Te Aho o Te Kahu Cancer Control Agency on 2 February 2021 released The State of Cancer in New Zealand 2020 Report, which they refer to as the first stage in an ongoing critical analysis of New Zealand’s cancer care system. This is our response.
While this report offers a comprehensive overview of where cancer sits in the health landscape of New Zealand, there are some glaring issues that receive inadequate coverage and explanation, particularly from the perspective of men with prostate cancer.
What is clear is that men with prostate cancer are not served nearly as well as women with gender specific cancers:
- There is no screening programme, and clearly no intention of investigating one, for prostate cancer. PSA testing does not even get a mention despite the high numbers of men effectively being screened using this test. The section on “harms and benefits” from screening (the tired classic argument used to raise denigrate screening for prostate cancer) is clearly aimed at dispelling any hopes that a prostate cancer screening programme would be considered.
- The report states “Inconsistencies in access to genomic testing is a significant challenge…” What is not stated is that funded genomic testing for men with prostate cancer is not funded but women with breast cancer are offered this – when it is the same genomic sequence that is being identified, namely in the BRCA group. Men suspected of carrying this gene should be provided with the same funded testing opportunity.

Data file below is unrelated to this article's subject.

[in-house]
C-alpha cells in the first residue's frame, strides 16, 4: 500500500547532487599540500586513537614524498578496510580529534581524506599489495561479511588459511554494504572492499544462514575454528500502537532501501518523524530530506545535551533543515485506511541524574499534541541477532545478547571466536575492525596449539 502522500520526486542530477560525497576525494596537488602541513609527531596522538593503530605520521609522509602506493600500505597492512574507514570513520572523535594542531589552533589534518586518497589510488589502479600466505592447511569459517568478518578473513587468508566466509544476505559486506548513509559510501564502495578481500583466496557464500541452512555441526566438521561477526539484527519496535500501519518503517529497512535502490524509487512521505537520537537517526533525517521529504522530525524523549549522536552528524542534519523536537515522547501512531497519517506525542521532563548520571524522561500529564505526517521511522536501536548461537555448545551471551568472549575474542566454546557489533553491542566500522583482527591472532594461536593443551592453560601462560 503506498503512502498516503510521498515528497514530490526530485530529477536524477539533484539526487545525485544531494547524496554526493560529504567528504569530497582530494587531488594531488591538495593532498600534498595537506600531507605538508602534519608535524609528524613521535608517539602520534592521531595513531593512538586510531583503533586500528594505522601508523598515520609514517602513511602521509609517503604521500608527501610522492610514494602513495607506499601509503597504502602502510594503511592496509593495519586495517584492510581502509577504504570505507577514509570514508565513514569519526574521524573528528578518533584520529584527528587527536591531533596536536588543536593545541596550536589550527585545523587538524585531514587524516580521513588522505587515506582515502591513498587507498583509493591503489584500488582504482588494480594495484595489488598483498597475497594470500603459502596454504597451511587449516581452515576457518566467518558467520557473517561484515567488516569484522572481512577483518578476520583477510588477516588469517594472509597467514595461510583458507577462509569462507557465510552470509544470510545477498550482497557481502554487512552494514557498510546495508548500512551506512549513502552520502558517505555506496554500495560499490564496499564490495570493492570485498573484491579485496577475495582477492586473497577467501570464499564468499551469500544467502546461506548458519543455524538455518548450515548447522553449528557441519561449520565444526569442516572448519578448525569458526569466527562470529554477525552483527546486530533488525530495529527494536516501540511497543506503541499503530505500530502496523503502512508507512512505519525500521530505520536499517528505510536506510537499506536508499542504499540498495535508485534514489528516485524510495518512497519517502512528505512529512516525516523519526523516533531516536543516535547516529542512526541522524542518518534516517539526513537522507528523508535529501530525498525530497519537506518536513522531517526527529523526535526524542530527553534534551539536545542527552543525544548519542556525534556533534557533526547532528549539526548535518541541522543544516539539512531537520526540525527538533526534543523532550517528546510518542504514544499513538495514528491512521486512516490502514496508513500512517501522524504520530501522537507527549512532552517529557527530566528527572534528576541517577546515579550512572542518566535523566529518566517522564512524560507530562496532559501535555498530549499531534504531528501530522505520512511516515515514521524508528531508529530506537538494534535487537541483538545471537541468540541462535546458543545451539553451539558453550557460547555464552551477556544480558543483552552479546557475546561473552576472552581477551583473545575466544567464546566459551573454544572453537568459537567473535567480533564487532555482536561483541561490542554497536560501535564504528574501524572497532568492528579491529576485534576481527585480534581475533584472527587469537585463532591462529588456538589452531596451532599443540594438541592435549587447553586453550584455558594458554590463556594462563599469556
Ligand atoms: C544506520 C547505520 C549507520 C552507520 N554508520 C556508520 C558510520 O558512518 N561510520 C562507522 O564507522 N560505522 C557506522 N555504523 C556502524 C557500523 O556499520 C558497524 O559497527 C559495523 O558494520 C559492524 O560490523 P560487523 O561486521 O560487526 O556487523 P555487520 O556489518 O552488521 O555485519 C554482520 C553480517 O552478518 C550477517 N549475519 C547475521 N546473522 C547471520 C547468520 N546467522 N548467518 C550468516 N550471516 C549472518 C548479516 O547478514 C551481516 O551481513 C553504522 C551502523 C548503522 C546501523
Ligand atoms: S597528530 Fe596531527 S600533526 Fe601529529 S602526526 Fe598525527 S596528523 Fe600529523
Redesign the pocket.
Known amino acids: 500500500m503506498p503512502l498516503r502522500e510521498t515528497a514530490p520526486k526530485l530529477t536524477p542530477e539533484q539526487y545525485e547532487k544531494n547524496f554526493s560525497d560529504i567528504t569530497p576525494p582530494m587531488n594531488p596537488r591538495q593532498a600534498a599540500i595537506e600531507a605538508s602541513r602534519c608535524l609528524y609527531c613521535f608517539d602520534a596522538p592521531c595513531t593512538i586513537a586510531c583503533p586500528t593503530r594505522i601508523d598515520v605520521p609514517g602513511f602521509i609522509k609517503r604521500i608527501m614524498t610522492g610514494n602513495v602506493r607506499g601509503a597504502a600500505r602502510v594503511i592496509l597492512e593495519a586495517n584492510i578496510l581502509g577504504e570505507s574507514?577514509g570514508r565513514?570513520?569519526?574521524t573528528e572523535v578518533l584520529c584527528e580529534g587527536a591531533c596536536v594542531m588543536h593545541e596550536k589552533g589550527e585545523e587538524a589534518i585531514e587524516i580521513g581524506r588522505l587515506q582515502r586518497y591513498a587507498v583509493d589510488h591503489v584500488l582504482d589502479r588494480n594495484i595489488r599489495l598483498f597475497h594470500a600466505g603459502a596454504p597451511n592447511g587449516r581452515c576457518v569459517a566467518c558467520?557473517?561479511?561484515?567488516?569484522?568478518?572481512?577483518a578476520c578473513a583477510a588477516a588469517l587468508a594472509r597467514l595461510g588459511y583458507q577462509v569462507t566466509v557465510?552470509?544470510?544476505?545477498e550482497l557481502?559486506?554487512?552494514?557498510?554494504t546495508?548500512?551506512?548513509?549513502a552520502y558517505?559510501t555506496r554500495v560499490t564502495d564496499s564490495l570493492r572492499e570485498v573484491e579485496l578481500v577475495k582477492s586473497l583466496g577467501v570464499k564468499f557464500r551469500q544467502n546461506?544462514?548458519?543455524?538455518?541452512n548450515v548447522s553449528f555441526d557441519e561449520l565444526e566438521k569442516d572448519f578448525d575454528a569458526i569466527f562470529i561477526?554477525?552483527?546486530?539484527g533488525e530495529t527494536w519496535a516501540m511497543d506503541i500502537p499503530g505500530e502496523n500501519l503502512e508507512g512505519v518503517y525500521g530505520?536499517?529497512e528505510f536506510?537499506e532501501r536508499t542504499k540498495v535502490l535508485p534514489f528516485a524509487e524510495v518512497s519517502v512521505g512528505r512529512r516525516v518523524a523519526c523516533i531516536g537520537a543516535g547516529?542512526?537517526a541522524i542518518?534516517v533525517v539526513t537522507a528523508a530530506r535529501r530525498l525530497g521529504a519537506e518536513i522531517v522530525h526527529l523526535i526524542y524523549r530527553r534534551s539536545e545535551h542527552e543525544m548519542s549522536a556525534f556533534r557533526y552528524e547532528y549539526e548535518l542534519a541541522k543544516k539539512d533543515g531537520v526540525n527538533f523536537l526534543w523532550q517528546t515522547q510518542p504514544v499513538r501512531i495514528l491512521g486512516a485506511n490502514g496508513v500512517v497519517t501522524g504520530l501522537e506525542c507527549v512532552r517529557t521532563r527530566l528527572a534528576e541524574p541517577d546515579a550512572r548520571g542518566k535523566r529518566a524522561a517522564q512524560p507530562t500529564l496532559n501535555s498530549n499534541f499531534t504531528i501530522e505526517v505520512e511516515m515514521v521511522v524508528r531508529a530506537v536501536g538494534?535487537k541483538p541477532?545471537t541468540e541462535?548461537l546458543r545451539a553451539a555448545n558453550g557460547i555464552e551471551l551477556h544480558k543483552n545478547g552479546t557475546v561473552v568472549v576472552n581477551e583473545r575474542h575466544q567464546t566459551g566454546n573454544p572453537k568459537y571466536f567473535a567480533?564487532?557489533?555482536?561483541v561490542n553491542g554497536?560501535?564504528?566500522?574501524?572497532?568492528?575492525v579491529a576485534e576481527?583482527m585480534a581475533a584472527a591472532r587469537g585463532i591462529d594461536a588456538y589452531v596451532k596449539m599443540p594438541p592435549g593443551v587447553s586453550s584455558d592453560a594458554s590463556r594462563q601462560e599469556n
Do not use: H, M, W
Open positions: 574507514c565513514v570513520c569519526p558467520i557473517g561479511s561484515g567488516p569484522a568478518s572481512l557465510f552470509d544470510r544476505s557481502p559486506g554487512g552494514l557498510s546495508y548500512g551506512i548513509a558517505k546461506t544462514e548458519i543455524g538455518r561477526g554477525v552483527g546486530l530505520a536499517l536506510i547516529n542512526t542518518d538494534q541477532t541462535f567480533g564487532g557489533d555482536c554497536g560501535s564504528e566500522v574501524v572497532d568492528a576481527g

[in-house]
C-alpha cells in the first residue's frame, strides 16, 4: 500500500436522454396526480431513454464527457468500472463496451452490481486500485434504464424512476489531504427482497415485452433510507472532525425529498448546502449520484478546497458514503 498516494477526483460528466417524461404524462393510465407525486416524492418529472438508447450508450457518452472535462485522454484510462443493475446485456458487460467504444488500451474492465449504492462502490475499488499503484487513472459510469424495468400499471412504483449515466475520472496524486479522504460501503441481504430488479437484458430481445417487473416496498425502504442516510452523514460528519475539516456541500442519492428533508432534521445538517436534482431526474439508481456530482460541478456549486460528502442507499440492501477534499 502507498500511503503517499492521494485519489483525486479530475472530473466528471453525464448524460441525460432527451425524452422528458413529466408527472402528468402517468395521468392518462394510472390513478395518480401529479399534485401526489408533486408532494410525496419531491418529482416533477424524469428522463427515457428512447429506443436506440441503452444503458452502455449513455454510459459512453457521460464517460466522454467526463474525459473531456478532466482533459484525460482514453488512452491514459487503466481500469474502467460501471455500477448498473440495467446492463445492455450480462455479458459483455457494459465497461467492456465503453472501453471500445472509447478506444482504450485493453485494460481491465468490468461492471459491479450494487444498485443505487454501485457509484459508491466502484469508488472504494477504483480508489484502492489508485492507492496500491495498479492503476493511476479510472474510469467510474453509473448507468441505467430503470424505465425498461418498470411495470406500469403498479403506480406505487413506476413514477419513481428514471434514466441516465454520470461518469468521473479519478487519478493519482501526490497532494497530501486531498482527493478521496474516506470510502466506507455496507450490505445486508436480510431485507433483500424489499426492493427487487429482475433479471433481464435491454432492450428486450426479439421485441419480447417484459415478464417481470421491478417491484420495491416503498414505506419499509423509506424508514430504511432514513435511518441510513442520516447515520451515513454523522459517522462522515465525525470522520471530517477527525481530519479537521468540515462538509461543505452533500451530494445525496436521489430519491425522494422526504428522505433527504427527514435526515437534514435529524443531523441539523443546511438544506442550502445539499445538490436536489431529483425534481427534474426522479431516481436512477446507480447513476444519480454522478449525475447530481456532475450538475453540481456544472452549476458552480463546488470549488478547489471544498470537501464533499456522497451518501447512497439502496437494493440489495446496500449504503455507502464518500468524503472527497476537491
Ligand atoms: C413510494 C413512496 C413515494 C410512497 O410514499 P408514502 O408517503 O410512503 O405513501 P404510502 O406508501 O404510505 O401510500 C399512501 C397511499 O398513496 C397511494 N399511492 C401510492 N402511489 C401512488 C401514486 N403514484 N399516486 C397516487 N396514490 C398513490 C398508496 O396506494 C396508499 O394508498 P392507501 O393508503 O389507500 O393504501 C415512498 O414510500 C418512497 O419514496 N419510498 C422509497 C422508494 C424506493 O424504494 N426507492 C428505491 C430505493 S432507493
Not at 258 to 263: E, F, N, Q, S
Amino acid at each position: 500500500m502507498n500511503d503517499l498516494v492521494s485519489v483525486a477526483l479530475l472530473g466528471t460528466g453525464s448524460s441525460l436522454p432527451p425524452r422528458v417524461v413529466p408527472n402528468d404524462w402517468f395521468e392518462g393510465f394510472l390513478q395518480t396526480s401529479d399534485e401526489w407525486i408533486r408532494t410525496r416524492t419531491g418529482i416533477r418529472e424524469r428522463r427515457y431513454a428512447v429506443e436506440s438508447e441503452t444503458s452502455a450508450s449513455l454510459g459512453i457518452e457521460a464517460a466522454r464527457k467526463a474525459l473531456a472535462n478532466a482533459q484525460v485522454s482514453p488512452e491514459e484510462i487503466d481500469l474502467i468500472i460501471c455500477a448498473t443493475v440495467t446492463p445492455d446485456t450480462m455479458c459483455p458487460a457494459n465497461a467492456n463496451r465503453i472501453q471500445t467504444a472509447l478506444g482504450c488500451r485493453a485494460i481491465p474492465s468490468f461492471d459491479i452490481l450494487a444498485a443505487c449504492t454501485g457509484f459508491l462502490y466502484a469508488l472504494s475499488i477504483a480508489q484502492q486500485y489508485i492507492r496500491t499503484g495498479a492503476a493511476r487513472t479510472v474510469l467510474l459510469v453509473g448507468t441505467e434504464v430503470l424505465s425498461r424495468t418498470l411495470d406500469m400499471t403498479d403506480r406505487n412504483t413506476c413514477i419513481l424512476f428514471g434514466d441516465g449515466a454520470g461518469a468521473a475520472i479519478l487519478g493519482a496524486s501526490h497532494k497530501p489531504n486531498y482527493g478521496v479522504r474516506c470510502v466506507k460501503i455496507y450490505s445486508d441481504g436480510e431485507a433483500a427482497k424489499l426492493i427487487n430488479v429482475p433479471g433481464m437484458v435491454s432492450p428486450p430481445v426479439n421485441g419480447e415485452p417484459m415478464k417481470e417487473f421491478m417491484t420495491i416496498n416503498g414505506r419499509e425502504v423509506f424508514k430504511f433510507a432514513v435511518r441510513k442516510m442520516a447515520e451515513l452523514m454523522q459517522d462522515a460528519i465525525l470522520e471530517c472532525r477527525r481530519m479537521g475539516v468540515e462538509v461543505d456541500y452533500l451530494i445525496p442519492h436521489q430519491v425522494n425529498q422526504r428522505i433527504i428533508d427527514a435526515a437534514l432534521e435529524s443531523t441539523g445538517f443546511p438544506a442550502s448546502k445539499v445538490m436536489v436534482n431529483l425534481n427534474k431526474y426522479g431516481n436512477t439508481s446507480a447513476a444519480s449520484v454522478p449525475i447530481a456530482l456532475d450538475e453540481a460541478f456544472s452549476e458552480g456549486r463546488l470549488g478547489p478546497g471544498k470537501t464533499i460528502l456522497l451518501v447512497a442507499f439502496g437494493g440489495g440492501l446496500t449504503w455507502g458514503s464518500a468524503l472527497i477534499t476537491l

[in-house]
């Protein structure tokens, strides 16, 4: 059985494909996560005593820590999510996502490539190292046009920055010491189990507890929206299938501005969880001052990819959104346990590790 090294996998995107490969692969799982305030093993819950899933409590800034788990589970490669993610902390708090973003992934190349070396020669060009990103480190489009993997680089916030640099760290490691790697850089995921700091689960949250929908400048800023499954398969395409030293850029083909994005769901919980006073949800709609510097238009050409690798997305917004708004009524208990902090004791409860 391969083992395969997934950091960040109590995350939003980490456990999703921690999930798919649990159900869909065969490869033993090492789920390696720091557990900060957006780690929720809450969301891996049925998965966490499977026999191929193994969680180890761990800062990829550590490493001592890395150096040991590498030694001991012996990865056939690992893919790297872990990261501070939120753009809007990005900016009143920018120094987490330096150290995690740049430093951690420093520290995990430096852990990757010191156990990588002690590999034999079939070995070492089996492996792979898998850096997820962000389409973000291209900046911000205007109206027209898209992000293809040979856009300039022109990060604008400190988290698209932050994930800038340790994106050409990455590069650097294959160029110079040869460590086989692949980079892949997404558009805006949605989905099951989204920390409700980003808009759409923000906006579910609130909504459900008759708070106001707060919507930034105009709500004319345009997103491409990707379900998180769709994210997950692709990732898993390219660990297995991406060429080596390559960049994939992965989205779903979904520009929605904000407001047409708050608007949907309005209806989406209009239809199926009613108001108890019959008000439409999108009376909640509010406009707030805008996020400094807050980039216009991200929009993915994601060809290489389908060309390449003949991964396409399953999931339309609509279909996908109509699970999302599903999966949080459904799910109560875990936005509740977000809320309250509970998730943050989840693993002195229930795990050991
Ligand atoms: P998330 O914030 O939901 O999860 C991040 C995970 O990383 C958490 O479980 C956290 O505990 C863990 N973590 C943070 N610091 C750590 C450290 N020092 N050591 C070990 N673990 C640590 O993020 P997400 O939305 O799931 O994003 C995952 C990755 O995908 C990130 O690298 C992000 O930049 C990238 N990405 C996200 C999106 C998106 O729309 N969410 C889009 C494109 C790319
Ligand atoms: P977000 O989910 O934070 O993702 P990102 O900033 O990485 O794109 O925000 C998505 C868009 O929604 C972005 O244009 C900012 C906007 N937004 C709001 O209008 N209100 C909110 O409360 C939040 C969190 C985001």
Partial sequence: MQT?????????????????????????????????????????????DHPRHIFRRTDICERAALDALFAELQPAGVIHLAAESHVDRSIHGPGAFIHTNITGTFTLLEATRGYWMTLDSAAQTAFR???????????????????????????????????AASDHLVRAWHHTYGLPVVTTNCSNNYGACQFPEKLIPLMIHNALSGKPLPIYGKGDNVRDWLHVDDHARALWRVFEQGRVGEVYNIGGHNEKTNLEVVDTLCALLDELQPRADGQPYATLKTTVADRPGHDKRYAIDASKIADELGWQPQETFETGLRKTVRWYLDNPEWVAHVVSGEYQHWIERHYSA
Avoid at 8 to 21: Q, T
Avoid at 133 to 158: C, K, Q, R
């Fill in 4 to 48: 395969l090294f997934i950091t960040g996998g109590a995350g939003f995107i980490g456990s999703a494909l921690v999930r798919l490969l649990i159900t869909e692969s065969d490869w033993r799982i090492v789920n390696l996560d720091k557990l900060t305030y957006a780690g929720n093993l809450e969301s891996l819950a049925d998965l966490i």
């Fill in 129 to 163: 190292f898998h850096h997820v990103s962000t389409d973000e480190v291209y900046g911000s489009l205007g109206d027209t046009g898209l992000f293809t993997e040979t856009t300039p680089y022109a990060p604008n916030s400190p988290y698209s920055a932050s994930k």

- Cancer research for gender specific cancer is clearly weighted in the direction of female cancers with the Health Research Council dispensing approximately $12m to female cancers and $3m to prostate cancer.
In summary, the significant omission in the report is assessing equity based not only on ethnicity and socio-economic measures, but also on gender where gender specific cancers are reported. The Prostate Cancer Foundation urges Te Aho o Te Kahu Cancer Control Agency to work to redress the imbalance between male and female gender specific cancers.
The Foundation welcomes the fact that this report highlights the clear failures in the health system in New Zealand that result in prostate cancer on Maori men being diagnosed later than the rest of the male population, and also being more likely to die because of prostate cancer than the rest of the population.